If you take a look at this surfactant chart, you can see that something like C14-16 olefin sulfonate brings good lather, great flash foam, and good bubbles to the mix. It is good for oily hair as it removes sebum gently, and it's a good emulsifier. This would be a good inclusion for a shampoo, body wash, or facial cleanser for oily hair or skin.

If we wanted to make a bubble bath, we would be looking for ingredients that have great flash foam, great bubbles, and great lather. If we chose decyl glucoside as the only surfactant, we'd only have good foam. If we chose only DLS as the only surfactant, we'd only have good foam. So we would have a pretty lousy bubble bath. Instead, we'd want to use the C14-16 olefin sulfonate because it offers good lather, great flash foam, and good bubbles. We could combine it with SCI or ACI because both are known to have great foam, good bubbles, and good lather. This would bring us a great product that is better than the surfactants alone.

Let's say we wanted to create a facial wash. We don't necessarily want something that foams, lathers, or bubbles like crazy on our face. We generally want something that cleans well but gently. We want something that would be good for our skin type, so let's take a look at dry skin. For dry skin, we want to use something that is very mild and doesn't strip out a ton of oils. We would choose gentle to mild surfactants that are good for dry skin in very low levels. My first thought is the polyglucose/lactylate blend. It is a very gentle cleanser that offers great cleansing properties and a moisturized after feel. I think I'll add cocamidopropyl betaine as that surfactant will increase the mildness of the product and increase the viscosity. I might include some SMC or SMO taurate as it's also great for dry skin, and it works well in combination with cocamidopropyl betaine to increase viscosity.

Why use three different surfactants in this recipe? Because they each have something to offer to the product. The SMC or SMO taurate and cocamidopropyl betaine combination will bring mild cleansing and viscosity while the polyglucose/lactylate brings more gentle cleansing and a moisturized after feel. You could use two of three surfactants and have something nice, but I think using all three together offers something that is more special.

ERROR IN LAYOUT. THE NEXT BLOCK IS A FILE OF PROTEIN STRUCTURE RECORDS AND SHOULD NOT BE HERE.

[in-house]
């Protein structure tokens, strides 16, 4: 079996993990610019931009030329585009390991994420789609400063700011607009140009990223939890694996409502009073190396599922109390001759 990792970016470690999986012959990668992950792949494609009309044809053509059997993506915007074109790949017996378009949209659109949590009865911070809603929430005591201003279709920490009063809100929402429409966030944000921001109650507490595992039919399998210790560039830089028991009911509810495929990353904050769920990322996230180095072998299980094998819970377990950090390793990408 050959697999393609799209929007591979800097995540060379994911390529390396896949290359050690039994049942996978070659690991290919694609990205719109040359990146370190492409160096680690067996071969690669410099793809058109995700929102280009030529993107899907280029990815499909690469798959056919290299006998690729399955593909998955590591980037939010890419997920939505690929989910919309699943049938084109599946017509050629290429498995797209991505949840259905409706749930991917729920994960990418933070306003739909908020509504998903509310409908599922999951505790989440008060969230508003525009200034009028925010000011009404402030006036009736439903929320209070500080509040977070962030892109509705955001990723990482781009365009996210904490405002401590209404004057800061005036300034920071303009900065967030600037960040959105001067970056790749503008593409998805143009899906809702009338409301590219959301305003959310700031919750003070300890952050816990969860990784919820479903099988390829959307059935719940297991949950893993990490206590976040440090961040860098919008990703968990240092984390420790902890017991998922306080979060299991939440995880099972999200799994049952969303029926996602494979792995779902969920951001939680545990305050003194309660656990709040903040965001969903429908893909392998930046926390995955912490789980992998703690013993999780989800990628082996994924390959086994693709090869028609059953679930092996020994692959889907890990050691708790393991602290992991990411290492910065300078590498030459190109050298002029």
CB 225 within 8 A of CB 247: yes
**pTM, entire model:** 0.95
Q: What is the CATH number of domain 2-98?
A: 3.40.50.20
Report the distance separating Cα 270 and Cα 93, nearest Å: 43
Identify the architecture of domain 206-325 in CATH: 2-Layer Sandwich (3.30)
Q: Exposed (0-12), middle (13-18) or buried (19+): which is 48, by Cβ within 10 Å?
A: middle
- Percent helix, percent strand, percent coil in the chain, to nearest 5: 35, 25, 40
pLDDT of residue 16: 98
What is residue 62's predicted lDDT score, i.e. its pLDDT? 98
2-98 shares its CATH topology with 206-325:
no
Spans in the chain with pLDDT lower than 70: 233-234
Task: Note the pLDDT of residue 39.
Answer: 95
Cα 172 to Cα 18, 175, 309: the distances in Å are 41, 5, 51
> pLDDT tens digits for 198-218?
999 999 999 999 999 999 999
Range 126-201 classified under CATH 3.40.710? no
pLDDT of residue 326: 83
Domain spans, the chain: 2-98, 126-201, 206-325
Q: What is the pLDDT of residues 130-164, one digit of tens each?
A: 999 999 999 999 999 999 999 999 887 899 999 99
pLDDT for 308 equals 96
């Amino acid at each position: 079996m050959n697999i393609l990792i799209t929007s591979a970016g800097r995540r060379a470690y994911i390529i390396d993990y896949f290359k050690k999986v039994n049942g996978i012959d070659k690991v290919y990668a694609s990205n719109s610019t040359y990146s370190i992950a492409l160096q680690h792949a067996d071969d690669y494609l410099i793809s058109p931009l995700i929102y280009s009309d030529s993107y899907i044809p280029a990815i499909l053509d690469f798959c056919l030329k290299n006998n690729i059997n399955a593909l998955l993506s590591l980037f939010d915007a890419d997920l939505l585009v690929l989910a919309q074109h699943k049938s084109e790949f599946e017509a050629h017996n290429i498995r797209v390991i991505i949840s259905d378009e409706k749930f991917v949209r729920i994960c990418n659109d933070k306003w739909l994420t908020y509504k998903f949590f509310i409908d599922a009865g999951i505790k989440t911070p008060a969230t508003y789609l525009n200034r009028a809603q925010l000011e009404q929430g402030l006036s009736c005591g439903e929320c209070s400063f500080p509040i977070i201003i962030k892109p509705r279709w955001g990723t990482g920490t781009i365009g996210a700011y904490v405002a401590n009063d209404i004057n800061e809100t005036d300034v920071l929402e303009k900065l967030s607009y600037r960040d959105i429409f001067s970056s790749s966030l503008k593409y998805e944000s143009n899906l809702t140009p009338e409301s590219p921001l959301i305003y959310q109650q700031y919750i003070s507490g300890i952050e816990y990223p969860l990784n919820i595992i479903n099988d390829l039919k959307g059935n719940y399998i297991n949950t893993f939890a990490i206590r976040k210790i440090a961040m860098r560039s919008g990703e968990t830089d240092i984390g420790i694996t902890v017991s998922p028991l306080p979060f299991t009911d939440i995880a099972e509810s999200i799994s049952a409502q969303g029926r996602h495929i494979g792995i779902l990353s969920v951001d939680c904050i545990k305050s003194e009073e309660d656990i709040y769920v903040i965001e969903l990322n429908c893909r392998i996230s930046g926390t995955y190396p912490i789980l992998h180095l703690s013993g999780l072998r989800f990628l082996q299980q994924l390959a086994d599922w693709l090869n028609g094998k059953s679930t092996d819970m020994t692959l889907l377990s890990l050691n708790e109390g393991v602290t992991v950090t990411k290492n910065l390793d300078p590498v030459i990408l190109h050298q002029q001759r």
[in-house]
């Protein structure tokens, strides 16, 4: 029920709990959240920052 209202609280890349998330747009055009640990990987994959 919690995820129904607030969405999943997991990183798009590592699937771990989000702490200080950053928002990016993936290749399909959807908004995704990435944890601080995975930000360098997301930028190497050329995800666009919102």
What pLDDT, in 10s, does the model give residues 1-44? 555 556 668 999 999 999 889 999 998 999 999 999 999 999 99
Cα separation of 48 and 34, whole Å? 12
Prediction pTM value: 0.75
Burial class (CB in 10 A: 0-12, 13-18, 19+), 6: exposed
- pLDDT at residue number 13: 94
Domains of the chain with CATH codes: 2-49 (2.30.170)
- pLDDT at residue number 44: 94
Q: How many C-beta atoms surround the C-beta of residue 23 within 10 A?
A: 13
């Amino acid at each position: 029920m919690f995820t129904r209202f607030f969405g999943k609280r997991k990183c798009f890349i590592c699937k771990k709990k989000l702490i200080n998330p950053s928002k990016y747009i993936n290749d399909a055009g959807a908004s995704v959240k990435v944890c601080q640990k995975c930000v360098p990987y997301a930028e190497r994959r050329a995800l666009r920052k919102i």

I could make my facial cleanser in a different way using different surfactants based on skin type, desired qualities - gentle cleansing, loads of foam and lather, conditioned skin feel, etc. - using different surfactants. What would happen if I used decyl glucoside, disodium cocoamphodiacetate, and SMC taurate together? What could I expect from the lather, foam, and bubbles? Would I have to alter the pH? What skin type would use this product? Think about those questions when you're buying your surfactants or planning to make something.

To get back to the original question - why use three surfactants in this shampoo?

CONDITIONING SHAMPOO FOR NORMAL HAIR WITH SCI
HEATED PHASE
53% water
10% cocamidopropyl betaine
10% SCI (without stearic acid)
5% surfactant of choice (SLeS, SMC Taurate, a blend, and so on)
10% aloe vera
2% glycerin
2% hydrolyzed protein

COOL DOWN PHASE
3% cationic polymer like honeyquat or polyquat 7
2% dimethicone
2% panthenol
0.5% to 1% preservative
1% to 2% fragrance or essential oils
(up to 2% Crothix - when cooled down - optional)

I love SCI so very much. It makes my hair feel so conditioned after using it. But I can't use it huge amounts because it's a solid found in prills or pellets, and if I put in too much, it'll precipitate out. So I look to another surfactant to offer great cleansing as well, something like SLeS, SMC taurate, DLS, and so on. If I added SMC taurate, I'll be adding something that is great for thickening and dry to normal hair type. And I add cocamidopropyl betaine to the mix, I'll make it even gentler and help thicken the product well.

I guess I could use two surfactants - let's say SCI and cocamidopropyl betaine - but then I'd be losing the awesome power of the third surfactant. I could use just SMC taurate and cocamidopropyl betaine, but then I'd be losing the great bubbles, great lather, great foam, and elegant skin feel SCI brings to the party. By using three surfactants together, I'm bringing a few different awesome qualities to the product.

I feel like I've gone on too long here. The short answer is that by combining three surfactants I can create something that has the qualities I seek better than using one or two surfactants. Did I answer your question? I hope so!

Saturday, March 7, 2015

Weekend Wonderings: More information on calculations

In this post, Question: Determining how much to use when working with powders, there's a discussion going on about calculations. Let's take a look at a few calculations today!

BASIC FIRST LOTION RECIPE
68.5% water
16% oil (sunflower, soy bean, rice bran, or olive oil)
5% shea or mango butter
3% cetyl alcohol
6% emulsifier (BTMS or Polawax)
1% fragrance or essential oil
0.5% liquid Germall Plus

When you are making a product, the recipe should total 100%. I know some of my recipes don't total 100%. Why is that? Sometimes it's because I'm trying to account for different preservatives having different usage amounts. Liquid Germall Plus calls for 0.1% to 0.5% usage, while Germaben II calls for up to 1% usage, so my recipes might say 0.5% to 1%, totalling 100.5%.